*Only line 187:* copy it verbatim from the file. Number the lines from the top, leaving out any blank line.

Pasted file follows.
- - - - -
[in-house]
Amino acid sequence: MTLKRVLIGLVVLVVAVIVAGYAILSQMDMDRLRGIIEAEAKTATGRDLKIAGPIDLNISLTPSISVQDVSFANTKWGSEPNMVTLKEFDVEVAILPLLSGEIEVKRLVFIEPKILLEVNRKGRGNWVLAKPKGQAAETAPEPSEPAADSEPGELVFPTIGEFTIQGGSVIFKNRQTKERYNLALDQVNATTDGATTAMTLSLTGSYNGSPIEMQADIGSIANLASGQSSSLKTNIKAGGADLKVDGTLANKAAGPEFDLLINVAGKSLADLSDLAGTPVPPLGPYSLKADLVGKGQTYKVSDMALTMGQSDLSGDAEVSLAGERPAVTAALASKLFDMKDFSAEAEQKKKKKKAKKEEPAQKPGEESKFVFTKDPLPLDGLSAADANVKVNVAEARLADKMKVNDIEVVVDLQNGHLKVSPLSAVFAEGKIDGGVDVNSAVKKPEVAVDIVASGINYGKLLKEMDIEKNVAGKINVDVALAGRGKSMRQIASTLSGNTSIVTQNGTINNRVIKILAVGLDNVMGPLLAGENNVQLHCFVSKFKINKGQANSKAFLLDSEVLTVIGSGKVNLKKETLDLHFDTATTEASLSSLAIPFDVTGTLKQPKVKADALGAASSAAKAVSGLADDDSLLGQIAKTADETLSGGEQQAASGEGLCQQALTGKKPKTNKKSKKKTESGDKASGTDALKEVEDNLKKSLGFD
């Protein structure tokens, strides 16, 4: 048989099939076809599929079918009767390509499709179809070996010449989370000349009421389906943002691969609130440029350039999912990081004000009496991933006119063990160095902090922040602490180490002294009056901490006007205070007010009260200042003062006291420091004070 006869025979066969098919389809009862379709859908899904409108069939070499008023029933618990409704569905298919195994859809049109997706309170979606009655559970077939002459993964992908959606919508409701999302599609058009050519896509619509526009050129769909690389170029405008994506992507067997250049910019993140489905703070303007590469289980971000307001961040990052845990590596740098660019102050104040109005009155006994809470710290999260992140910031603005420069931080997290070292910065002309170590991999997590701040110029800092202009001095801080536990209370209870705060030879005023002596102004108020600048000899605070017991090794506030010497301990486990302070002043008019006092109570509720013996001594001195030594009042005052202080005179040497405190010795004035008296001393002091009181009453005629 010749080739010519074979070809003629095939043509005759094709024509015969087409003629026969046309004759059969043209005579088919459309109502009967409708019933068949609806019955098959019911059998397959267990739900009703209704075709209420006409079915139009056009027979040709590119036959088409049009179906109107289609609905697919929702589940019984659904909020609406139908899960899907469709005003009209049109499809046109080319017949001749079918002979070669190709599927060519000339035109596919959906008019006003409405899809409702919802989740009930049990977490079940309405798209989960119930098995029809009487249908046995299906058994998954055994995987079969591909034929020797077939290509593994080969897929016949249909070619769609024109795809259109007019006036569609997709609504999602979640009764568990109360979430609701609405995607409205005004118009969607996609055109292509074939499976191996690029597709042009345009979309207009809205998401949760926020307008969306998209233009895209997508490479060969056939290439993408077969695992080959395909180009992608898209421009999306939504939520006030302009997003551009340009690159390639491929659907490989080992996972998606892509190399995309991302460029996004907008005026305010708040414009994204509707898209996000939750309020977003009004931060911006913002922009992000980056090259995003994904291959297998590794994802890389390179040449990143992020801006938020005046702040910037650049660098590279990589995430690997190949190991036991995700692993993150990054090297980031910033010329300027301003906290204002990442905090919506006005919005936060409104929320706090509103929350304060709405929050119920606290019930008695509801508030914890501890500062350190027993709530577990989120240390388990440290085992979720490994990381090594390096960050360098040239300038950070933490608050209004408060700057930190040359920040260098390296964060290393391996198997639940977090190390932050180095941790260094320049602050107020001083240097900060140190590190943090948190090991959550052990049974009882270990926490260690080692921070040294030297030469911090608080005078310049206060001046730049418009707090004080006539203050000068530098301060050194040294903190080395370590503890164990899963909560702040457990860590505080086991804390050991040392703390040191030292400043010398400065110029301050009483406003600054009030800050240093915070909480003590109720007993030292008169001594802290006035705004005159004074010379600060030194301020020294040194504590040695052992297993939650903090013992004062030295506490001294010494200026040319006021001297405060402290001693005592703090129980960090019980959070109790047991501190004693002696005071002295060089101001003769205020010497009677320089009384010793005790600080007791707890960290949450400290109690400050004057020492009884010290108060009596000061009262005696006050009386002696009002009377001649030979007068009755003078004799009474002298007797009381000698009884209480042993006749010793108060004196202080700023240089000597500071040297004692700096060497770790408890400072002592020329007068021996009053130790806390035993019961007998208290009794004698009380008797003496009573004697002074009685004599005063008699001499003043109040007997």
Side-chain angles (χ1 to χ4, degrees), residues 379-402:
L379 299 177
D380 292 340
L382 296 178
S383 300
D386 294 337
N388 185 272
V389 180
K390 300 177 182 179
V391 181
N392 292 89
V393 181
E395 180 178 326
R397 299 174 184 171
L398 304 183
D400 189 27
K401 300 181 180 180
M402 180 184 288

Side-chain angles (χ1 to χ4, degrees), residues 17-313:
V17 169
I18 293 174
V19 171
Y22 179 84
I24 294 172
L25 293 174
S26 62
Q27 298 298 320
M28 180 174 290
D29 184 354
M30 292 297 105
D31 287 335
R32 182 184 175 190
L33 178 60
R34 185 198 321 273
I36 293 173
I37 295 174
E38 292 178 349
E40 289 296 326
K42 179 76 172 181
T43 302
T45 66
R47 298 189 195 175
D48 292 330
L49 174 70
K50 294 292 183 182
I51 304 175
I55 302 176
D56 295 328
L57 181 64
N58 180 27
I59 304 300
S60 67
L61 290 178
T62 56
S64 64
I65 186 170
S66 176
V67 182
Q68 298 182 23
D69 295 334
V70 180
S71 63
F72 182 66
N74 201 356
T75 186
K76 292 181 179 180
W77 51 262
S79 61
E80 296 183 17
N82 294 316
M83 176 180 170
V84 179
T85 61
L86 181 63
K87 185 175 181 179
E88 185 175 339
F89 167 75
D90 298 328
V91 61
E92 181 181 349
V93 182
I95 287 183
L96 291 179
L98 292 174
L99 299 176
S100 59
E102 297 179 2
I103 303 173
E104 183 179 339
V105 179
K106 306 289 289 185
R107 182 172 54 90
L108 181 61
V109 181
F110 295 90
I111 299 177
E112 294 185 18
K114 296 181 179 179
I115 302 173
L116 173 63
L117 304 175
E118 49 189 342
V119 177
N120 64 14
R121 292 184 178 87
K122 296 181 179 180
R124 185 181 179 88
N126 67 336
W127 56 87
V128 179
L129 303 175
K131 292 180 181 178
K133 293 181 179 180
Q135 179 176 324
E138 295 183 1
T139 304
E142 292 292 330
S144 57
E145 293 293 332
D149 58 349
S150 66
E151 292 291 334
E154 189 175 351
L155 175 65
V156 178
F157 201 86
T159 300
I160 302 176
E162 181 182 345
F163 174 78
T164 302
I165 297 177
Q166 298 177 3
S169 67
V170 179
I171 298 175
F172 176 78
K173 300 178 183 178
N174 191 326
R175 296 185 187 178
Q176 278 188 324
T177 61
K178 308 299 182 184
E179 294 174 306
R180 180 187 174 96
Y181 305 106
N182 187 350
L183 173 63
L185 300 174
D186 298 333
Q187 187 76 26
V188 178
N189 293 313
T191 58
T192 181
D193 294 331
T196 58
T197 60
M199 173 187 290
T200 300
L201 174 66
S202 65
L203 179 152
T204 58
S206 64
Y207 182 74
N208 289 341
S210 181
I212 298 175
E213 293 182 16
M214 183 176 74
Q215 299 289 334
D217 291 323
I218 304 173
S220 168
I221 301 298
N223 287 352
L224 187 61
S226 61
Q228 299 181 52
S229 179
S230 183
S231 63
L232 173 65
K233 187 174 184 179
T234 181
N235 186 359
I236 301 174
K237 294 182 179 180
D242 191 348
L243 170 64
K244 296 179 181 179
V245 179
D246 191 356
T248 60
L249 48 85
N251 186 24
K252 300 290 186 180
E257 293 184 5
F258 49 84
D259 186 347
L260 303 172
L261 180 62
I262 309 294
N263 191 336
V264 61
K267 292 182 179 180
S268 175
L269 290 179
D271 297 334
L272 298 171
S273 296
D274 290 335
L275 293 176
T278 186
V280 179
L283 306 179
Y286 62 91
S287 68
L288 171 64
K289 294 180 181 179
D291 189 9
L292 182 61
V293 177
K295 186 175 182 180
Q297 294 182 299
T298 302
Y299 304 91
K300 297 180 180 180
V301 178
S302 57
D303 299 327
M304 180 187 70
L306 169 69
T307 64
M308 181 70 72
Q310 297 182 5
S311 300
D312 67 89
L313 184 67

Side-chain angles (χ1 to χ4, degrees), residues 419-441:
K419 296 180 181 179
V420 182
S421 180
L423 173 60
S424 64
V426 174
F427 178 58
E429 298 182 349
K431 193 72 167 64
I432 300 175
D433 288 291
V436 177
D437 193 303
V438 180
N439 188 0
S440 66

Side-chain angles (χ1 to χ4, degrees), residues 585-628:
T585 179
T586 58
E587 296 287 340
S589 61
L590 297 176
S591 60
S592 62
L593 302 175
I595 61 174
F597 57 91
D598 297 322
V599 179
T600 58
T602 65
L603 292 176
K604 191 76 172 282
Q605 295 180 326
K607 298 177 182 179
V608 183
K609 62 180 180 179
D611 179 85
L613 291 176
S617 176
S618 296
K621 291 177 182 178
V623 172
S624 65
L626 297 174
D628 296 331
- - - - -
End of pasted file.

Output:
L232 173 65